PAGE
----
|Doll vest in Twisted Stitch|
I took some stimulating classes, got to see some interesting exhibits and awesome vendors, and met up with friends old and new--all very satisfying!
My first class was Bavarian Twisted Knitting with the incomparable, one and only Franklin Habit. I know, right?? (Check out the very end of this blog post for a surprise!)
|Back of the doll vest|
I always think I could make something like this. Time and energy constraints mean I have to be mostly satisfied knowing that I could if I wanted to!
When I first learned to knit--age 7 or so--this was the way my mother taught me, because it was how she knit. (My mother's knitting is a good topic for another blog post!) I didn't realize that it was "wrong" or different until many years later. I "helped" a friend who was bogged down on one of those endless projects that seem like such a good idea when you cast them on... Anyway, I knit a couple rows for her, and she informed me that she would have to take them out, and pointed out how my stitches all leaned a different way than hers. She showed me what I was doing wrong, and my knitting got a lot better looking.
Anyway, twisted knitting is fascinating to do, the charts are really easy to read, and I think there will be more of it in my life!
The second day was two classes, also with Franklin, on designing tesselating patterns. Sounds fancy, huh?
Well--turns out it's very similar to things I've done with quilting for years! Applying the principles to knitting was fascinating!
I did one sample with knit/purl variations and a second with two colors, the green and white.
Not enough contrast between the colors but the pattern did show up better.
Of course when I came home I went to my bookshelf and found both Jinny Beyer's and Christine Porter's books on tesselating quilts.
Same principles, different materials, but equally fascinating!
All of which segued nicely into the Sunday morning class, on designing with Fair Isle patterns with Mary Jane Mucklestone.
She had tables full of samples that we could touch and examine and try on and try not to drool over.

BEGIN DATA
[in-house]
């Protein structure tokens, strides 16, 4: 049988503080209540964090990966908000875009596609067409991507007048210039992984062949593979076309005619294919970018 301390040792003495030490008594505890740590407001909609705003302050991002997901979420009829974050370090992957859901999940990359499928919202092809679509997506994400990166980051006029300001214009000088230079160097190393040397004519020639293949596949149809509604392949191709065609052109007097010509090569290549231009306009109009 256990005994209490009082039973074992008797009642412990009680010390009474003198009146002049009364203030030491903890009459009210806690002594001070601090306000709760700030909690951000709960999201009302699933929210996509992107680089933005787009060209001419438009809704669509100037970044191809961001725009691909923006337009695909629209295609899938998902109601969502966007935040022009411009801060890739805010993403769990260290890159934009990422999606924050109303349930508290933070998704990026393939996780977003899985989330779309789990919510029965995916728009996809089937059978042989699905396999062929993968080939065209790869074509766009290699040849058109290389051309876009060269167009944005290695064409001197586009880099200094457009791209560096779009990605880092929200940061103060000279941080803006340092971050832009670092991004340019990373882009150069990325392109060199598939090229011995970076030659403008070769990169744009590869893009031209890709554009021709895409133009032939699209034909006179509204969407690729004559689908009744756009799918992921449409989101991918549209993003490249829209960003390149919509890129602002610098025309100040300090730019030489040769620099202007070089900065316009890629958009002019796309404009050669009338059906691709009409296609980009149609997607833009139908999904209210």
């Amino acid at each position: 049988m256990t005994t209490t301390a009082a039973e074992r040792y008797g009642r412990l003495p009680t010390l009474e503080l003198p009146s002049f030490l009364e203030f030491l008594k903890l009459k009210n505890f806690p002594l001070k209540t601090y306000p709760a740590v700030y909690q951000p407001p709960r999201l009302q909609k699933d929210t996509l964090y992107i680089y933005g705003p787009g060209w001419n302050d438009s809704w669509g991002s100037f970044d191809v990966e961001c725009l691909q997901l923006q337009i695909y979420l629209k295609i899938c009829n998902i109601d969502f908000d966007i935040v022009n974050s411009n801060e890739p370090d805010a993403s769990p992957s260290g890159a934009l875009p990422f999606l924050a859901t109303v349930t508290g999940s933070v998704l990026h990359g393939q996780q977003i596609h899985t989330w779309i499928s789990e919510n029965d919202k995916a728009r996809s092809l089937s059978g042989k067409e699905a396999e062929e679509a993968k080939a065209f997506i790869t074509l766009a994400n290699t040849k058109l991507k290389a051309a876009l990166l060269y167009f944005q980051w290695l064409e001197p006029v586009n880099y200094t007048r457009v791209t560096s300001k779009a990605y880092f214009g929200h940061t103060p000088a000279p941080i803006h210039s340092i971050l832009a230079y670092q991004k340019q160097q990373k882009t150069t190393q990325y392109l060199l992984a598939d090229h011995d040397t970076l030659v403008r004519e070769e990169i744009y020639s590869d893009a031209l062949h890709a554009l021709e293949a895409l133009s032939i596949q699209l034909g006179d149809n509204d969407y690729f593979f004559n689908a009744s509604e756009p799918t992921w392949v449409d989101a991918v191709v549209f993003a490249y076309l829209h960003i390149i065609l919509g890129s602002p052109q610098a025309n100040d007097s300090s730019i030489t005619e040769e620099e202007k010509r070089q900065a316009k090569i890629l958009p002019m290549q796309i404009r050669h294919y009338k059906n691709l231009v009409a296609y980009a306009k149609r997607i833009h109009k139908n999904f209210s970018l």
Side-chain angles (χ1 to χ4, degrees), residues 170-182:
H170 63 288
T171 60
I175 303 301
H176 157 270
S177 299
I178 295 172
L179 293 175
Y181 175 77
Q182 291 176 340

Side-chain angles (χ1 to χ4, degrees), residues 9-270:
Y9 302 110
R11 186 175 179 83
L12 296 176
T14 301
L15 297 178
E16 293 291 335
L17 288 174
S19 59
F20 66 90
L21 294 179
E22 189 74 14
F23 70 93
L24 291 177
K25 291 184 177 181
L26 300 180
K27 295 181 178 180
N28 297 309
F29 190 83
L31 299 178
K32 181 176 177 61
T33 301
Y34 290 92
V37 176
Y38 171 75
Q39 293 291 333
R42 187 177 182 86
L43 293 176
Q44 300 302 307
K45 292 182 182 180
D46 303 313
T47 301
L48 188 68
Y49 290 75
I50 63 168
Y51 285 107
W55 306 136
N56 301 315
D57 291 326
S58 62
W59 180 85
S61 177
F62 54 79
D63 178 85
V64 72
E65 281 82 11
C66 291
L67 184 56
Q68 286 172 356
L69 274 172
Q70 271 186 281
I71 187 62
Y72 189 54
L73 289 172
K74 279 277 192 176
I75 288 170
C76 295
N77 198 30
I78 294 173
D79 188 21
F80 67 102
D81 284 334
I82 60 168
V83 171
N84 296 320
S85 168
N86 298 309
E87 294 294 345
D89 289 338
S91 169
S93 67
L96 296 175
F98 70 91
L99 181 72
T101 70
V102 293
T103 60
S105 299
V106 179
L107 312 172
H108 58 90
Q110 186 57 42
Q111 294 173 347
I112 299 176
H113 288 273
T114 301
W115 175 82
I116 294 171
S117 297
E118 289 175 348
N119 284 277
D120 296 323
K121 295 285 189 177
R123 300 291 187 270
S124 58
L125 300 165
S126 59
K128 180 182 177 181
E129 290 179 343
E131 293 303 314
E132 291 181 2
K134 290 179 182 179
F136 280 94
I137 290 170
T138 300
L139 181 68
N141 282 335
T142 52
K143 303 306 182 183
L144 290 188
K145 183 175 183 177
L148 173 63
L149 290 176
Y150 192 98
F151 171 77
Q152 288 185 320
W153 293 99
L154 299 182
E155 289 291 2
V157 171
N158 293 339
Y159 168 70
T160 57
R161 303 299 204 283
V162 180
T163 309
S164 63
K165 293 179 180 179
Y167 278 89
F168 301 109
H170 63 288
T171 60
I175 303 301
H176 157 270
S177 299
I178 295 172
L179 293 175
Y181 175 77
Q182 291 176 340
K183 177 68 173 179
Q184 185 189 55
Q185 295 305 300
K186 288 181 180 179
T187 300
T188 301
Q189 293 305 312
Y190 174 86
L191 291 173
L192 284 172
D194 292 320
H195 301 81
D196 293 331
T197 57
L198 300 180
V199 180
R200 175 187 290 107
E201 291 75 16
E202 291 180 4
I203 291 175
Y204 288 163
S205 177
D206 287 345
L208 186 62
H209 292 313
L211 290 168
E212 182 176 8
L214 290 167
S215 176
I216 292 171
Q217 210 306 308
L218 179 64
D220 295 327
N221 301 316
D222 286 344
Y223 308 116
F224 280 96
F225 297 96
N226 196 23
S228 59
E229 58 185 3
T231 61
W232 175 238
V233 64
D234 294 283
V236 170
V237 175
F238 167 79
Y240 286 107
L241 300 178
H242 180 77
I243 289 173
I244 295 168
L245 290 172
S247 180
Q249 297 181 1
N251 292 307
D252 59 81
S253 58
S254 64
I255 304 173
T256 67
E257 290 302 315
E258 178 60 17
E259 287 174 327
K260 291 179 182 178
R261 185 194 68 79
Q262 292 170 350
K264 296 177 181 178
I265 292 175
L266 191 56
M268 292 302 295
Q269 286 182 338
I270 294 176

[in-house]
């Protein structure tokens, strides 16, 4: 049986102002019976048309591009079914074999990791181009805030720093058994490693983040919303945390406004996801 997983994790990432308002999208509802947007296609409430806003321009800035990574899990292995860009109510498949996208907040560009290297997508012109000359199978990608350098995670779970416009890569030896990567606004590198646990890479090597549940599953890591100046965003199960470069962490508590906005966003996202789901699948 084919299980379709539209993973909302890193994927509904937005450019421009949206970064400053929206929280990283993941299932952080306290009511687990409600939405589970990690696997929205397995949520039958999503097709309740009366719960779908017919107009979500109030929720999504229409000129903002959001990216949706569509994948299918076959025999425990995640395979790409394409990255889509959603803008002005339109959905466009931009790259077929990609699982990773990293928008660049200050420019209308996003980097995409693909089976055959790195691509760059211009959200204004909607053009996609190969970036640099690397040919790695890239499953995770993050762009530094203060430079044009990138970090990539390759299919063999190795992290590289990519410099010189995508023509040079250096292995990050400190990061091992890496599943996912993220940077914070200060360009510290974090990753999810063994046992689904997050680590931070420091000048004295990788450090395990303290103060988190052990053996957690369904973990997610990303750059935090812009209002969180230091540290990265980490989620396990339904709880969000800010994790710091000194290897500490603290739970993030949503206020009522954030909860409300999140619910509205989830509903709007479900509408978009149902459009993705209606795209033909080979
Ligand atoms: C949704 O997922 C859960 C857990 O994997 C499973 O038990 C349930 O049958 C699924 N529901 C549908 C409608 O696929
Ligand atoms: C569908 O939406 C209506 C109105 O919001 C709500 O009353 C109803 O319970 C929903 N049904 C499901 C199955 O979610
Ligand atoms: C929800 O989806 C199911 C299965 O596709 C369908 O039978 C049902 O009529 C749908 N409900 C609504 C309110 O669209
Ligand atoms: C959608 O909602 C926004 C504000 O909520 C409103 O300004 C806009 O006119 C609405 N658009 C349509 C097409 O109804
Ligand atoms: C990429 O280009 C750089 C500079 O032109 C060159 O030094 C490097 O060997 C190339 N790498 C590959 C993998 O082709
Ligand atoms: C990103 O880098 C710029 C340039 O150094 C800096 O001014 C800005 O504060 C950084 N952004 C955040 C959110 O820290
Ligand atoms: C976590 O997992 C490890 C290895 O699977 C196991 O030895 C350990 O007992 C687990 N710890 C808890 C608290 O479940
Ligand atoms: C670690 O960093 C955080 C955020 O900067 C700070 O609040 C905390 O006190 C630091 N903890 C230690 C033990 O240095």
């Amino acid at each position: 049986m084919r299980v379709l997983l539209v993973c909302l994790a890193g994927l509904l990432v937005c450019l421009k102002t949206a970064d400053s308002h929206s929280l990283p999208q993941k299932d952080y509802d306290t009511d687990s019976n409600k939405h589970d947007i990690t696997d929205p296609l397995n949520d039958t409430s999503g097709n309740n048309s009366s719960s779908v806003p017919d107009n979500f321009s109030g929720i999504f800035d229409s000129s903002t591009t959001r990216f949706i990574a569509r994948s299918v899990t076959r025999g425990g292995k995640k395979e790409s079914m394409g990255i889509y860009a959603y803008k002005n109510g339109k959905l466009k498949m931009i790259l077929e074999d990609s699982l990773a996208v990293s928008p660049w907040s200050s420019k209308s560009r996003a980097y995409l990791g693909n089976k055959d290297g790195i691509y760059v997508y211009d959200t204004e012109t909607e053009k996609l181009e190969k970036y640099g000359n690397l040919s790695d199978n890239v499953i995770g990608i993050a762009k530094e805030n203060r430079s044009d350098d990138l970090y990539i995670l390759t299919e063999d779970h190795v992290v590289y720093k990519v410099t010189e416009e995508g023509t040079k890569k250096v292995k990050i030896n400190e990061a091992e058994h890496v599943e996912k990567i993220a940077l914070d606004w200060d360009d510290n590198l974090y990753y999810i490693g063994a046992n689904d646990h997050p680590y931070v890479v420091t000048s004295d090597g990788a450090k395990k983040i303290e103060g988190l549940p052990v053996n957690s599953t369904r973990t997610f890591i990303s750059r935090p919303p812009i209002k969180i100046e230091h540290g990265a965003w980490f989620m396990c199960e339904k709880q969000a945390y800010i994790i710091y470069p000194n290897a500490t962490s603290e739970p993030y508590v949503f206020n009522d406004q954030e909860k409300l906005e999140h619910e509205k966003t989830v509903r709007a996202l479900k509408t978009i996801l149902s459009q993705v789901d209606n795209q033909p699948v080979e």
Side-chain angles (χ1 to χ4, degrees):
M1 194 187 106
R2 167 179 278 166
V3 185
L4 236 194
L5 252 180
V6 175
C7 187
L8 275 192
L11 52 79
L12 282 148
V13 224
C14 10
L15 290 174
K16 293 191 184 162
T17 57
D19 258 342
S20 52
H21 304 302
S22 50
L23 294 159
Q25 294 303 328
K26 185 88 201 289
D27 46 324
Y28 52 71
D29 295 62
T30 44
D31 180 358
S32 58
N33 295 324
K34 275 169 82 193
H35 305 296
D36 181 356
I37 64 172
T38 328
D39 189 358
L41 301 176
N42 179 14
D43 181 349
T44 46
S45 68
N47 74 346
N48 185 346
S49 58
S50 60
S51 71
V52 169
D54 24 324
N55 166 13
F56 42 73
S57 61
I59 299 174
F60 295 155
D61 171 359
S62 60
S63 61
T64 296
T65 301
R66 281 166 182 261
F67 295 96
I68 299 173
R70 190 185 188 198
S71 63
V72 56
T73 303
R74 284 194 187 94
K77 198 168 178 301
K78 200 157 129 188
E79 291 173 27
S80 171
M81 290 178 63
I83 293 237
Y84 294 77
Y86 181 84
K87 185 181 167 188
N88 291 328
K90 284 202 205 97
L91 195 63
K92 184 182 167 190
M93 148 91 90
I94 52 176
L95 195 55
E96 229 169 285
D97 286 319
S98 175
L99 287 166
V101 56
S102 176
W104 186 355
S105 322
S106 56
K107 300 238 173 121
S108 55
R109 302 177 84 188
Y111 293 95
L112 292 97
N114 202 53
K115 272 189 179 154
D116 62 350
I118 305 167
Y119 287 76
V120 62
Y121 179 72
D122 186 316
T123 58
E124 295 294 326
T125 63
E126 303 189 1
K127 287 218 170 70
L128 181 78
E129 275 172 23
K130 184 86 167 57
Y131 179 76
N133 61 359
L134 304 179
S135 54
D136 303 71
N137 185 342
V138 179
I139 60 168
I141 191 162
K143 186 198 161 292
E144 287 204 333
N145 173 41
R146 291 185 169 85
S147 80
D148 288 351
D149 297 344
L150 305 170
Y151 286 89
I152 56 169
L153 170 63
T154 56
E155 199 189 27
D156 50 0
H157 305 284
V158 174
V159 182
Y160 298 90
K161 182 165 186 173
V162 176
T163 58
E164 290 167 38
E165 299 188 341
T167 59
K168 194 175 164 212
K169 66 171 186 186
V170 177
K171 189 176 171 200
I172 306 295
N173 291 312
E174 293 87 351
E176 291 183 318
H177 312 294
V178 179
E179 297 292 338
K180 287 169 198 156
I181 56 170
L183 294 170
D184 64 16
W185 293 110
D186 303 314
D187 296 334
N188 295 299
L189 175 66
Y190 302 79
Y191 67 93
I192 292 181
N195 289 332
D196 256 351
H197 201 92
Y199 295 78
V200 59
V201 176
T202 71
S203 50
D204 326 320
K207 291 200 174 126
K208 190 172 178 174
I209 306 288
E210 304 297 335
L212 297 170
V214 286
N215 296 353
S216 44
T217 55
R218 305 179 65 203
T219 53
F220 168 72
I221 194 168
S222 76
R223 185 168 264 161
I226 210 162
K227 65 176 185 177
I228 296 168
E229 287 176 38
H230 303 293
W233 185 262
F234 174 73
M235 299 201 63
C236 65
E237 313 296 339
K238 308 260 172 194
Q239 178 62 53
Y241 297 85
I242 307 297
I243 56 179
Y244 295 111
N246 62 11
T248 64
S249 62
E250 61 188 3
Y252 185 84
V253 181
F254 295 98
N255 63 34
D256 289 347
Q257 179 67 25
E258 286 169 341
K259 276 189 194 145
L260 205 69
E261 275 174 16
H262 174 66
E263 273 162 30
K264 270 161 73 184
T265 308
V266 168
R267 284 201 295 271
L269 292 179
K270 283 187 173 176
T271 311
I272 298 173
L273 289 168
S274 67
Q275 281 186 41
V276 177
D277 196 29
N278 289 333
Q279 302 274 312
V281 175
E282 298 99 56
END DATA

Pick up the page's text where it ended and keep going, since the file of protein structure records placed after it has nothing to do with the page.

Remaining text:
I also learned something that will make stranded knitting much easier for me. Again, back in the dim dark past when I was learning to do colorwork, I picked up some bad habits--or poor info, to be fair--and was making life much harder for myself than it needed to be.
When I think of all the colorwork sweaters (and even long pants) I knitted back in the day, well, I wish I had known then what I know now! Anyway, many thanks to Mary Jane for the lesson!
|Of course I came home and checked my bookshelf, and I had some of her books. It was kind of exciting to look at them and realize that I had been handling those samples!|
The Mochi Mochi table was fun and for some reason the only display I took pictures of! I think it was because by Saturday evening, my feet hurt and I was tired, and I thought I'd get back on Sunday to do a proper job. Well, I didn't make it back on Sunday, instead I met up with some Ravelry friends for lunch and then hit the freeway for home. On Friday I was cruising the market with the incomparable Ellen Bloom and that was not conducive to picture taking either!
Technical note: both the iPad and iPhone Blogger apps have been refusing to upload pictures for me, so today's photos came via a chain of emailing them to myself then downloading them to the computer and then uploading here. Pretty cumbersome. At least it worked, and here's my post a couple of weeks later!
|I have a new friend!|